Want to know why people love Black Cochins? For several reasons, they are affable pets, excellent brooders, and easy keepers.
Production: By far, the most frequently cited reason offered for keeping Black Cochins is their easy-going attitudes. However, they are not great layers but are super sweet pets, easy to confine, and they are great with children.
Temperament: Cochins are known within the fancy breed for being extra friendly chickens. They are not aggressive.
History: In the 19th century, it was not uncommon for people to keep small backyard flocks, but Cochins and Brahmas sparked what was later dubbed “hen fever” in the US and England in the 1850s. Cochins were extremely popular for several reasons including their unusual size, their fluffiness, and their friendliness.
Cochins are often described as fluff balls. They are big, but their heavy, fluffy feathering makes them look even bigger than they actually are. They also have feathered legs, feet, and toes. All those feathers combined with their gentle natures make them particularly appealing as pets. Amazingly, many people end up keeping them as pets in the house!
Black Cochins were first included in the American Poultry Association’s Standard of Perfection in 1874. Several other varieties of Cochins were also included, and more were added over time. Today, the Barred, Black, Blue, Brown, Buff, Golden Laced, Partridge, Silver Laced, and White Cochins are all accepted by the APA. As you might imagine, Cochins are quite popular in poultry shows!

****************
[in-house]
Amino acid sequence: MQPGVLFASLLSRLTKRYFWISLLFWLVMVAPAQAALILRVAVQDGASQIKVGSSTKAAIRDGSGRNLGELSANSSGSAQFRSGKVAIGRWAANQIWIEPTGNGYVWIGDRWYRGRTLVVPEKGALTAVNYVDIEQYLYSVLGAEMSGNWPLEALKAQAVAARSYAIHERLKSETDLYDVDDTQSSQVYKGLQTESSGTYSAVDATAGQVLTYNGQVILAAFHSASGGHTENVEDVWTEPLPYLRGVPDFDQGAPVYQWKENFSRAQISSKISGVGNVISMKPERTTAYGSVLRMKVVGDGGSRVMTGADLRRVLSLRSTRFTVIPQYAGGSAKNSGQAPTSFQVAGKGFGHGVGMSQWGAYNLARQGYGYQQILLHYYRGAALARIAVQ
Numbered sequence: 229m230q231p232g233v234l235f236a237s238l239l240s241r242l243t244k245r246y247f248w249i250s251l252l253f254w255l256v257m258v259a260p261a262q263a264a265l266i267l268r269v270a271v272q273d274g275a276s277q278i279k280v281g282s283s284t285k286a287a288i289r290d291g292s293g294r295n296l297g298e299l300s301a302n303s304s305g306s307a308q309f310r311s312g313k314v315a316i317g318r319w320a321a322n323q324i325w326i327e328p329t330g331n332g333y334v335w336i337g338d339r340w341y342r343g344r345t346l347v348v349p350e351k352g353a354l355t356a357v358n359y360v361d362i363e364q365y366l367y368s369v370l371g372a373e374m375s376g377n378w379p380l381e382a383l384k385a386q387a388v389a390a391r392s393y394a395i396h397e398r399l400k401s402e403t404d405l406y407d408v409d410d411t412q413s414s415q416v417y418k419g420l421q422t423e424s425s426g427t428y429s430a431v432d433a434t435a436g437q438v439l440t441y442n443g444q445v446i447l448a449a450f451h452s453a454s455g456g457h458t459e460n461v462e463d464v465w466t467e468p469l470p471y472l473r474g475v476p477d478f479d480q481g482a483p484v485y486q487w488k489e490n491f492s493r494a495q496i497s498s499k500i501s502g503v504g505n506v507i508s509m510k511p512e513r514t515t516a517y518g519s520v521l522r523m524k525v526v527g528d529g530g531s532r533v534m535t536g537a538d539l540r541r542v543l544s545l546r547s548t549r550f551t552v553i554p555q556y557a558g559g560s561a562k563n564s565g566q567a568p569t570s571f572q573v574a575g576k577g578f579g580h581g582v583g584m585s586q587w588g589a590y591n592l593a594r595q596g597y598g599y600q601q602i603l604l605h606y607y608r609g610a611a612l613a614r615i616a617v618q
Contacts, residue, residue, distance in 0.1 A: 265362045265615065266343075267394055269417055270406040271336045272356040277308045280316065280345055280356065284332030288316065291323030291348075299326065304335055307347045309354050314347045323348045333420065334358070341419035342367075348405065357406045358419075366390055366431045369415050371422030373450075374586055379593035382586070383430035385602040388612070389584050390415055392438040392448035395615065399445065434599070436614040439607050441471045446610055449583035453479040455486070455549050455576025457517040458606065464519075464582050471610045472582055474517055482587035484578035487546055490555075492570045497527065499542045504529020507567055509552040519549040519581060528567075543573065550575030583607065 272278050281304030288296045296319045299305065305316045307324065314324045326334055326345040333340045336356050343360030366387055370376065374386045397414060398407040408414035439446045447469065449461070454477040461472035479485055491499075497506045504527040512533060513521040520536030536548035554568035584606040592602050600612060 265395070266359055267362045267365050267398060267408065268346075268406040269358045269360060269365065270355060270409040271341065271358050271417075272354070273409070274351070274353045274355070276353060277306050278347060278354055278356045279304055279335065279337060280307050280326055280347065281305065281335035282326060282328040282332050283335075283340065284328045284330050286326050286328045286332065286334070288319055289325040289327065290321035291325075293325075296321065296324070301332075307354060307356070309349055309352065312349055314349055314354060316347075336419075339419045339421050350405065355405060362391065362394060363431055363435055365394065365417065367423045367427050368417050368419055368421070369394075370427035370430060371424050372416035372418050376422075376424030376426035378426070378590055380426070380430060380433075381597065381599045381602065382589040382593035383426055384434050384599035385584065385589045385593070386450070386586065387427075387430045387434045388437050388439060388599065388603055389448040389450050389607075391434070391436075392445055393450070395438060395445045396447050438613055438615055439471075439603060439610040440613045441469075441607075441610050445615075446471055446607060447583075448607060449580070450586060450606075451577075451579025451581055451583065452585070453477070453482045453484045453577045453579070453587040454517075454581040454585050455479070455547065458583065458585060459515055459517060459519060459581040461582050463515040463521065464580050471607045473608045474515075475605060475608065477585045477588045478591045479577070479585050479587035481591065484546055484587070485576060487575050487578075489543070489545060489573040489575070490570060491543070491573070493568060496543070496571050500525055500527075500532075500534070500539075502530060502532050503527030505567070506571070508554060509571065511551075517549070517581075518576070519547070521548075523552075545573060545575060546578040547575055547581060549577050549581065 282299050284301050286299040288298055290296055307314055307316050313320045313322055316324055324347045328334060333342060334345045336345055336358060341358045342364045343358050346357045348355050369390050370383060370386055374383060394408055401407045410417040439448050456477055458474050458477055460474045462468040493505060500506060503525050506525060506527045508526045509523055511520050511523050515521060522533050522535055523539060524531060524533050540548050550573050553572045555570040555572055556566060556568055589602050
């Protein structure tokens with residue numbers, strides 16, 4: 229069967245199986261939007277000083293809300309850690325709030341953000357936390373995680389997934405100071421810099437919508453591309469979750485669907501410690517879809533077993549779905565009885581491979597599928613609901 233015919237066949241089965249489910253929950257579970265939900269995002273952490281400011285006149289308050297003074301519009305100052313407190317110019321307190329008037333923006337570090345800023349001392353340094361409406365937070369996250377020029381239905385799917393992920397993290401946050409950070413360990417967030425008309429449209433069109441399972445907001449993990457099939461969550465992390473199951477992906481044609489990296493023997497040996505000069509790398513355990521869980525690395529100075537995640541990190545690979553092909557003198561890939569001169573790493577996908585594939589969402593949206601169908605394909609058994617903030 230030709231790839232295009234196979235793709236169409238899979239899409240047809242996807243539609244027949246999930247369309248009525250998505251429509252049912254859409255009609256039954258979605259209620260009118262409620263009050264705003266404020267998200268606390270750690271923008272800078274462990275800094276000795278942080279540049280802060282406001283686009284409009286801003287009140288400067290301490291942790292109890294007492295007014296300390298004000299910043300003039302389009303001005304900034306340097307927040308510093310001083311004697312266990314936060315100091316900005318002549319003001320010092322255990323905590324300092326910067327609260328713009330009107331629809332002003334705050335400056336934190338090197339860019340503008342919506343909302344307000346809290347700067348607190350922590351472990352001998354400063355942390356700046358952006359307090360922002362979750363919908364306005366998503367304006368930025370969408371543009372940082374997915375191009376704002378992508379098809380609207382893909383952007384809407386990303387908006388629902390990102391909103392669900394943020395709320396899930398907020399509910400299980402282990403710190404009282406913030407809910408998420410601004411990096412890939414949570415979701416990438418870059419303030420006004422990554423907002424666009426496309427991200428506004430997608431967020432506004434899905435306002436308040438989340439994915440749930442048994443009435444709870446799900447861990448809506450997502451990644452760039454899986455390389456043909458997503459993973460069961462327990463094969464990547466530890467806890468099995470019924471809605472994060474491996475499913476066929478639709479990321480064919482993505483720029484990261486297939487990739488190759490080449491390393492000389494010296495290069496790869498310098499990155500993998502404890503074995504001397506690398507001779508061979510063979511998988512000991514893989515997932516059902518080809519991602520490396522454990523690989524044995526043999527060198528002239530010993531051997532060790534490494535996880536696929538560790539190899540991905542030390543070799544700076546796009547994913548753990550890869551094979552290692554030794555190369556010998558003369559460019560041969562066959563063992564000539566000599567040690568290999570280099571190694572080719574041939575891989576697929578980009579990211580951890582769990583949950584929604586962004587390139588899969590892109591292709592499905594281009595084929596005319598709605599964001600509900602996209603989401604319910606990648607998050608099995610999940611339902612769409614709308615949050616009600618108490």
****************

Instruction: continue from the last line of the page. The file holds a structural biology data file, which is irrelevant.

Colors: Black Cochins are black with a beautiful shiny iridescent green sheen. They have a bright red, single comb, along with red wattles, earlobes, and a red patch around the eyes.
Livestock Conservancy Status: Watch
Body Type: Round, large, and fluffy.
Weights: Cockerel 9 lbs, Pullet 7 lbs
APA Class: Asiatic
Cochin Breed Standard
The Cochin was recognized in the British Poultry Standard of 1865 – the first edition of the Standard that was issued.
It followed closely in the US, being in the American Poultry Association standard of 1874, again, the first issue.
It is classified as one of the three Asian classes in both books – the other two being Brahma (also from Shanghai) and Langshan from China also.
There are both standard-sized fowl and bantam varieties. In England, Cochin bantams do not exist – they are classified as Pekin bantams.
Cochins can take up to two years to mature since they are slow growers. When they are fully grown, the male can weigh in at 11 pounds, with the female weighing around 8 ½ pounds. The bantams weigh in at 30oz. For the male and 26oz. For the female.
The acceptable colorings for this breed vary from the US to the UK. The UK recognizes the following colors:
The Cochin appears as a mass of soft, fluffy feathers, beak to toes almost literally! The legs and outer toes should be fully feathered so that they saw from the side. You cannot see toes – only feathers.
The fullness of the feathering gives them the appearance of being much larger than they actually are. Still, they are quite hefty when full-grown, a hen being around 8 ½ pounds.
The Cochin wears a single, five-point comb which should be read, as are the wattles and ear lobes. The eyes are a golden yellow. The beak varies with the overall color of the bird. Anywhere from yellow/horn to black/horn – the darker the bird, the darker the beak in general.
The legs and toes should be yellow, as is the skin.
Legs and toes should be fully feathered, effectively hiding the legs and most toes. Only the inner toe and part of the middle toe of each foot should be visible.
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